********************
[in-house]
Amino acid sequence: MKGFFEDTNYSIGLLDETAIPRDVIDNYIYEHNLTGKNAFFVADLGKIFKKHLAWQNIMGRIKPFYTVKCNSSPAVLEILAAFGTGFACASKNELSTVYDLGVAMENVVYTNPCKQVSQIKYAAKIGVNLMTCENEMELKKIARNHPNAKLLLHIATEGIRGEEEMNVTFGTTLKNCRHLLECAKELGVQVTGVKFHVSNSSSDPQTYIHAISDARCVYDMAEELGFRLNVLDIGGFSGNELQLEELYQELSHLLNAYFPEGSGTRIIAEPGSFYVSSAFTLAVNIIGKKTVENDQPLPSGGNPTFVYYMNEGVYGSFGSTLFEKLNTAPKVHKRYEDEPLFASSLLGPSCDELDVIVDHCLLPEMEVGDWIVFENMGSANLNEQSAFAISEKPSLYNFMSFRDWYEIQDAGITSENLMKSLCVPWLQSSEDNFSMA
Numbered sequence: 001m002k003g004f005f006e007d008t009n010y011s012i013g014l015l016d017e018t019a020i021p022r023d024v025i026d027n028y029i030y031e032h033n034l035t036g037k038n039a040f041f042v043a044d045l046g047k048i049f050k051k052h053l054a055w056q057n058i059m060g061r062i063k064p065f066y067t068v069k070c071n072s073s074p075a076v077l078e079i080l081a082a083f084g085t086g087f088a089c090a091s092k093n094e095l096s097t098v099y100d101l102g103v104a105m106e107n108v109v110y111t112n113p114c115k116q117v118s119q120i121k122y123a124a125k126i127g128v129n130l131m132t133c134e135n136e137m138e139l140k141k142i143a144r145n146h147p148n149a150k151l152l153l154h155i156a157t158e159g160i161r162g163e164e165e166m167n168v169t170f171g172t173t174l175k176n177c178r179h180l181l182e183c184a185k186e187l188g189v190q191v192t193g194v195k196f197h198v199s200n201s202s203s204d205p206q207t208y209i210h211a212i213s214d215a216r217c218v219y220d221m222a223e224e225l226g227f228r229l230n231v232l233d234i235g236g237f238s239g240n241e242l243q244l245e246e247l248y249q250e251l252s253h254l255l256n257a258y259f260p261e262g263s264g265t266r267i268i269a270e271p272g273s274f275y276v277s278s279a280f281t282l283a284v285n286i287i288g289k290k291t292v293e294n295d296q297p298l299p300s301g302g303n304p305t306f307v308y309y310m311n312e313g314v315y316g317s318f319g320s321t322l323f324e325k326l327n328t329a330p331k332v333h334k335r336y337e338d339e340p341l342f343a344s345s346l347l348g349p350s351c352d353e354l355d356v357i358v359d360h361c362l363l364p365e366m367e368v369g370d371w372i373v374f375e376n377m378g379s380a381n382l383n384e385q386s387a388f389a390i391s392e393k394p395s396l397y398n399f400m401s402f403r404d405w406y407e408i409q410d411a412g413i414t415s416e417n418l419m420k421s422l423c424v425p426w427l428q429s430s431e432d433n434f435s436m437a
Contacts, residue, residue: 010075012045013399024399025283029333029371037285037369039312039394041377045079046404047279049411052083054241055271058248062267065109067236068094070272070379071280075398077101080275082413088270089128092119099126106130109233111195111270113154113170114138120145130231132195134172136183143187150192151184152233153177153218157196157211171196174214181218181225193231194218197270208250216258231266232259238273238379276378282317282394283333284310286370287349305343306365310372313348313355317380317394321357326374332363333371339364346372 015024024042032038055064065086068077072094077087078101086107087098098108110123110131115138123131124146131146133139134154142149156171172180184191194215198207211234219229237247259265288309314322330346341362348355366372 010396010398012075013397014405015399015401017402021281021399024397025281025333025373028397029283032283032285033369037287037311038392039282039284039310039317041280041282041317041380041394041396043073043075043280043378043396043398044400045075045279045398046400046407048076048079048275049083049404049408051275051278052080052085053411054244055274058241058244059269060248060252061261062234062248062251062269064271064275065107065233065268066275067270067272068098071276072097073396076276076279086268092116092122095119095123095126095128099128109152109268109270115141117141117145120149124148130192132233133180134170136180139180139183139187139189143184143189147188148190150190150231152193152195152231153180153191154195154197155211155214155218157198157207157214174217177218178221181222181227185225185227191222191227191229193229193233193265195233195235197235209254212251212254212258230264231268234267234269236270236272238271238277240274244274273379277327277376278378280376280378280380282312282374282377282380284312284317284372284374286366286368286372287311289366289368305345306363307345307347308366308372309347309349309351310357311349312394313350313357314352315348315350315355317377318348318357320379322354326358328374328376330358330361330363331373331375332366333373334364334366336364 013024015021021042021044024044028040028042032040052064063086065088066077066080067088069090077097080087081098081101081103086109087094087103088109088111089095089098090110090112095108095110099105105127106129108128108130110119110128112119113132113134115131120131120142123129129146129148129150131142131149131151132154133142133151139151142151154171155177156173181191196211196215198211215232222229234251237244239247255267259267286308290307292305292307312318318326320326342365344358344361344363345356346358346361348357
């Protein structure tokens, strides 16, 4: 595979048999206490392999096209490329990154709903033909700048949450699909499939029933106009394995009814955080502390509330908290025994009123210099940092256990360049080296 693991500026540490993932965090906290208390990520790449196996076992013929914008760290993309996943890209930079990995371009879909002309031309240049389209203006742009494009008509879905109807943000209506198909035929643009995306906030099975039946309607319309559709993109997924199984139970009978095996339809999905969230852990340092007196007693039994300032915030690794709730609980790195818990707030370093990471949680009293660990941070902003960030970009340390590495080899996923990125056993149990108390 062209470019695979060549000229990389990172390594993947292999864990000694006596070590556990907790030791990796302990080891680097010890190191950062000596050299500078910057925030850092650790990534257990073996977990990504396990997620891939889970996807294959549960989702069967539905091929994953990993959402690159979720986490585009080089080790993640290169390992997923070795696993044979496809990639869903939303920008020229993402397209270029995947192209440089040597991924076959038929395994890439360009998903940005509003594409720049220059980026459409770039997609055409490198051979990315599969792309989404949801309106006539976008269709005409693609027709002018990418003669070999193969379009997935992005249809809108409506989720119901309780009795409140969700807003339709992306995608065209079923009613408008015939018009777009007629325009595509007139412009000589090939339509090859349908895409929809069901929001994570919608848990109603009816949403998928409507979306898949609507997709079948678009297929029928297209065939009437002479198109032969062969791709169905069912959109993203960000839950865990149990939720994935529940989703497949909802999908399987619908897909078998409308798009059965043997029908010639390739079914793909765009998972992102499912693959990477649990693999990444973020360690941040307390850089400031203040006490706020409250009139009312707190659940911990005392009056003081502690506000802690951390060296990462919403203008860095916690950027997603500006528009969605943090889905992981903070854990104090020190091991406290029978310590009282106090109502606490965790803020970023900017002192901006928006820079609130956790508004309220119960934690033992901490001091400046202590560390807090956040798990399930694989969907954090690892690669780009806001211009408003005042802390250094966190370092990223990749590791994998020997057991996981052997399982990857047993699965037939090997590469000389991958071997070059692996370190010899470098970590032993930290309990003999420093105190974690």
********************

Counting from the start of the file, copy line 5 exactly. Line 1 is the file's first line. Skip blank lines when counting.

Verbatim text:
């Protein structure tokens, strides 16, 4: 595979048999206490392999096209490329990154709903033909700048949450699909499939029933106009394995009814955080502390509330908290025994009123210099940092256990360049080296 693991500026540490993932965090906290208390990520790449196996076992013929914008760290993309996943890209930079990995371009879909002309031309240049389209203006742009494009008509879905109807943000209506198909035929643009995306906030099975039946309607319309559709993109997924199984139970009978095996339809999905969230852990340092007196007693039994300032915030690794709730609980790195818990707030370093990471949680009293660990941070902003960030970009340390590495080899996923990125056993149990108390 062209470019695979060549000229990389990172390594993947292999864990000694006596070590556990907790030791990796302990080891680097010890190191950062000596050299500078910057925030850092650790990534257990073996977990990504396990997620891939889970996807294959549960989702069967539905091929994953990993959402690159979720986490585009080089080790993640290169390992997923070795696993044979496809990639869903939303920008020229993402397209270029995947192209440089040597991924076959038929395994890439360009998903940005509003594409720049220059980026459409770039997609055409490198051979990315599969792309989404949801309106006539976008269709005409693609027709002018990418003669070999193969379009997935992005249809809108409506989720119901309780009795409140969700807003339709992306995608065209079923009613408008015939018009777009007629325009595509007139412009000589090939339509090859349908895409929809069901929001994570919608848990109603009816949403998928409507979306898949609507997709079948678009297929029928297209065939009437002479198109032969062969791709169905069912959109993203960000839950865990149990939720994935529940989703497949909802999908399987619908897909078998409308798009059965043997029908010639390739079914793909765009998972992102499912693959990477649990693999990444973020360690941040307390850089400031203040006490706020409250009139009312707190659940911990005392009056003081502690506000802690951390060296990462919403203008860095916690950027997603500006528009969605943090889905992981903070854990104090020190091991406290029978310590009282106090109502606490965790803020970023900017002192901006928006820079609130956790508004309220119960934690033992901490001091400046202590560390807090956040798990399930694989969907954090690892690669780009806001211009408003005042802390250094966190370092990223990749590791994998020997057991996981052997399982990857047993699965037939090997590469000389991958071997070059692996370190010899470098970590032993930290309990003999420093105190974690």